I’m trying to keep my practice as manageable as possible so that it does not become a big machine that devours good architecture. The difficulty is maintaining a critical balance between maintaining control over the work we do and having sufficient work to pay the monthly bills. This ongoing problem will always be with us.

There is much work to be done, and we have few architects. This creates many opportunities – in my opinion almost too many opportunities – and means that architects get waylaid along the way and misdirect their efforts. For example, there are many vacant posts in government
service for architects but no one seems to want to gravitate to this kind of work. This is a lost opportunity because this kind of work provides one with almost unmatched opportunities to contribute to the wellbeing of the country. If I were younger I would consider a career in public service.

Q: What do you think architects worldwide could learn from South African architects?

There is still a lot of optimism here that we can contribute to making the world a more pleasant and better place for all. This optimism seems to have evaporated in other parts of the world.

The isolation caused by apartheid – culturally and in other ways for many years – has, in some weird way, been somewhat positive … we have managed to bypass many of the blind alleyways followed by architects elsewhere. The modern project is still alive in South
Africa and most architects believe intrinsically that architecture has to serve the wider community and can be effective in doing so.

My experience with many other places is that this air of optimism has evaporated, leaving behind a deep sense of disillusionment and cynicism. I recently attended a discussion in Cape Town of visiting students from Columbia University led by their Dean Mark Wigley. I couldn’t believe what I heard – here as a man who had organised the infamous Deconstructivist Exhibition at MOMA, working hand-in-hand with the arch-fascist architect of the 20th century, Philip Johnson, now preaching a few decades later “spatial justice” as the new mantra. WOW! It is amazing the kind of contortions, ethically and theoretically, that architects go through during the course of their careers. Hopefully, none of this self-serving expediency will happen in my country.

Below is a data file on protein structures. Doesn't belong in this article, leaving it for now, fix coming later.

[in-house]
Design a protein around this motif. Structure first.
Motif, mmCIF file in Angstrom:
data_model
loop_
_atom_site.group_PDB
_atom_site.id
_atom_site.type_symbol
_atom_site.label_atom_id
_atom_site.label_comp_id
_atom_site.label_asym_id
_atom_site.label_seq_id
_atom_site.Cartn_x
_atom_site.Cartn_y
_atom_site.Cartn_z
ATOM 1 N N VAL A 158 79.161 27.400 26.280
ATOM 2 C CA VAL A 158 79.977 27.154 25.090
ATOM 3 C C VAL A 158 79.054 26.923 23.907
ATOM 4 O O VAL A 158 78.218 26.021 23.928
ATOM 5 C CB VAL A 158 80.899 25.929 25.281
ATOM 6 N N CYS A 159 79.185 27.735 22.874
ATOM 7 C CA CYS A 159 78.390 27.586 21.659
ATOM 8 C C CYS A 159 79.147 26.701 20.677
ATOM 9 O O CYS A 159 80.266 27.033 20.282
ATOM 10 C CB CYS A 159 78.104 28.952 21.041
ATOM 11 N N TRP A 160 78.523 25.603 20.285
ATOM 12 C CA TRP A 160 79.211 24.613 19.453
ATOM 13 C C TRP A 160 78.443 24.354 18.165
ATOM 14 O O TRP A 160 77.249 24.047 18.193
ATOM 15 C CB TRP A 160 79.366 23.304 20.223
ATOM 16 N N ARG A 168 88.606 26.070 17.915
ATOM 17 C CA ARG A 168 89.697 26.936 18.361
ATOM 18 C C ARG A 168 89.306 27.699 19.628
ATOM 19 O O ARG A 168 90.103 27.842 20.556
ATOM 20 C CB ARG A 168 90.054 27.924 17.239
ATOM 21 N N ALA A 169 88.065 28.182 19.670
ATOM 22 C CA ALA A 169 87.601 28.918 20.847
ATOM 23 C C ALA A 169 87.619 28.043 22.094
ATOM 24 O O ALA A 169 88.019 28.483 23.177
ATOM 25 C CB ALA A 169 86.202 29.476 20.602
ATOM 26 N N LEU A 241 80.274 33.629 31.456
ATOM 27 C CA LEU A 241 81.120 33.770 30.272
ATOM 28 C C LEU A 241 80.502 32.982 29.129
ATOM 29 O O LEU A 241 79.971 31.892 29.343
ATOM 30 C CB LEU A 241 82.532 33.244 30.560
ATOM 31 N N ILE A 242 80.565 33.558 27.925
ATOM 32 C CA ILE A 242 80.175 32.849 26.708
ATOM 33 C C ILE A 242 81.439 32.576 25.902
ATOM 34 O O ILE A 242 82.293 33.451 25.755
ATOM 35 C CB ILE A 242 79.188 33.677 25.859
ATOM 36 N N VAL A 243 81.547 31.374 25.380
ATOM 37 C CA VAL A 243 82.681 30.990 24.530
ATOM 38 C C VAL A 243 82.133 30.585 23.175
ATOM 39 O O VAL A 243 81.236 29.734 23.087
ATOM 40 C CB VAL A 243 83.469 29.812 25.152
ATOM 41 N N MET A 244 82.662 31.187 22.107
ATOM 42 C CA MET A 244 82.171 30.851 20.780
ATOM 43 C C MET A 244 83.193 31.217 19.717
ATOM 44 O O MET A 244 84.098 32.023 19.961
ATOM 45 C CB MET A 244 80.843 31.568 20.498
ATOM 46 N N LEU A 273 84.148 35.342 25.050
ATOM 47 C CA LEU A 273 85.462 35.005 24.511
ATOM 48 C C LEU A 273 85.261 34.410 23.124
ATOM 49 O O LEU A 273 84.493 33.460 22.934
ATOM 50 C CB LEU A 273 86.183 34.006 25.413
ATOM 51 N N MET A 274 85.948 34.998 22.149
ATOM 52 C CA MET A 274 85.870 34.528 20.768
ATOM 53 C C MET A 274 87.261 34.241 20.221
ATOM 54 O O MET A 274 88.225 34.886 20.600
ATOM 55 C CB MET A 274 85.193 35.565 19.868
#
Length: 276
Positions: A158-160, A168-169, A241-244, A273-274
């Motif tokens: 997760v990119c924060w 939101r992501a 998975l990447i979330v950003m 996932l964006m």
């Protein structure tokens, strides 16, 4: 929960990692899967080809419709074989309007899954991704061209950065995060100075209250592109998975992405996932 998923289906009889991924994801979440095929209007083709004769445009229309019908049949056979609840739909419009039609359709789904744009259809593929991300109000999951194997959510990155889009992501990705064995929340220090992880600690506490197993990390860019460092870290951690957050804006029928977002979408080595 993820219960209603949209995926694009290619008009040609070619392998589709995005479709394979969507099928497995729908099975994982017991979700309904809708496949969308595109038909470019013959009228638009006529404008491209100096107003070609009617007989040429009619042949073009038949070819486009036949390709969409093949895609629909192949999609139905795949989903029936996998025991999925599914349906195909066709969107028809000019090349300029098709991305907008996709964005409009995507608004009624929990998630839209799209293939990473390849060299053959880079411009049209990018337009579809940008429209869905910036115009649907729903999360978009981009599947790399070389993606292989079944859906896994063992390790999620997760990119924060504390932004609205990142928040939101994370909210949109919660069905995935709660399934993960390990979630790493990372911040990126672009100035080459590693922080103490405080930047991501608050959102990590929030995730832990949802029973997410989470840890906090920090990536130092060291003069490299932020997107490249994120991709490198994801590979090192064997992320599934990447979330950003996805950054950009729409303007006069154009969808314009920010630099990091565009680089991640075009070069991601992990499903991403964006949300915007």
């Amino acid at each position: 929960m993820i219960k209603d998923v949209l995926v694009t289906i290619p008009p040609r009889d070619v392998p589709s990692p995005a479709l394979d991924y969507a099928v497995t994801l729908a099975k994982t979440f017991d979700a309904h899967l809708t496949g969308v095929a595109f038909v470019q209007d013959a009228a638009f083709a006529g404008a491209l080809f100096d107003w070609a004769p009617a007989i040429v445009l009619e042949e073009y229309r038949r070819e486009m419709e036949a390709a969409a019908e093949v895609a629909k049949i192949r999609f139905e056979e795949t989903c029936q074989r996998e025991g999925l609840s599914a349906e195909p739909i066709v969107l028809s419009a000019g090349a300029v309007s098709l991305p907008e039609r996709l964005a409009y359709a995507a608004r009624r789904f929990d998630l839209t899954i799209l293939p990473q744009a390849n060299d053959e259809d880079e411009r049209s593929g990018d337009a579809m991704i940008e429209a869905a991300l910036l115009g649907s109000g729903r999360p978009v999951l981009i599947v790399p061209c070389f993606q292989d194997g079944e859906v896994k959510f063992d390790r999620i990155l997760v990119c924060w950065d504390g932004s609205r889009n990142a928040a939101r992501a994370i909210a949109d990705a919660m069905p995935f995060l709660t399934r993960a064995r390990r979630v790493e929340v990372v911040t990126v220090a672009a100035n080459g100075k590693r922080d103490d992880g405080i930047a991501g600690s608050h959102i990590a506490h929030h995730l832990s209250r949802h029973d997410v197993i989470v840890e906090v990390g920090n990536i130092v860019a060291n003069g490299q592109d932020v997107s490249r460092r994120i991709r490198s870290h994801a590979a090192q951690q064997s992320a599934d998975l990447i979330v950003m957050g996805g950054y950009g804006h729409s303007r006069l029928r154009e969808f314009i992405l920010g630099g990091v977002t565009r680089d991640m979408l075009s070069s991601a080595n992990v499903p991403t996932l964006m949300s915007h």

Q: What do you think South African architects could learn from the rest of the world (if anything)?

As far as the developed world is concerned: nothing. The work I see published in journals from these countries has, in my opinion, absolutely nothing to offer us.

My hope lies with young architects in the south – in Asia, South America and Africa. This is where we can learn most and where the future of architecture lies – in my opinion, at least.

Jo Noero, Architect, Founder of Noero Architects

Jo Noero, Architect, Founder of Noero Architects

Jo Noero formed Noero Architects in Johannesburg in 1984. The practice has offices in Cape Town and Port Elizabeth.

Noero has been the recipient of local and international awards, including the Lubetkin Prize from the Royal Institute of British Architects in 2006, the Ralph Erskine Prize from the Nordic Association of Architects in 1993, and the Gold Medal for Architecture from the South African Institute of Architects in 2010.

Noero’s work has been exhibited at MoMA in New York, the Venice Biennale, the Sao Paolo Biennale, the Singapore Biennale and the National Gallery of Art in Cape Town.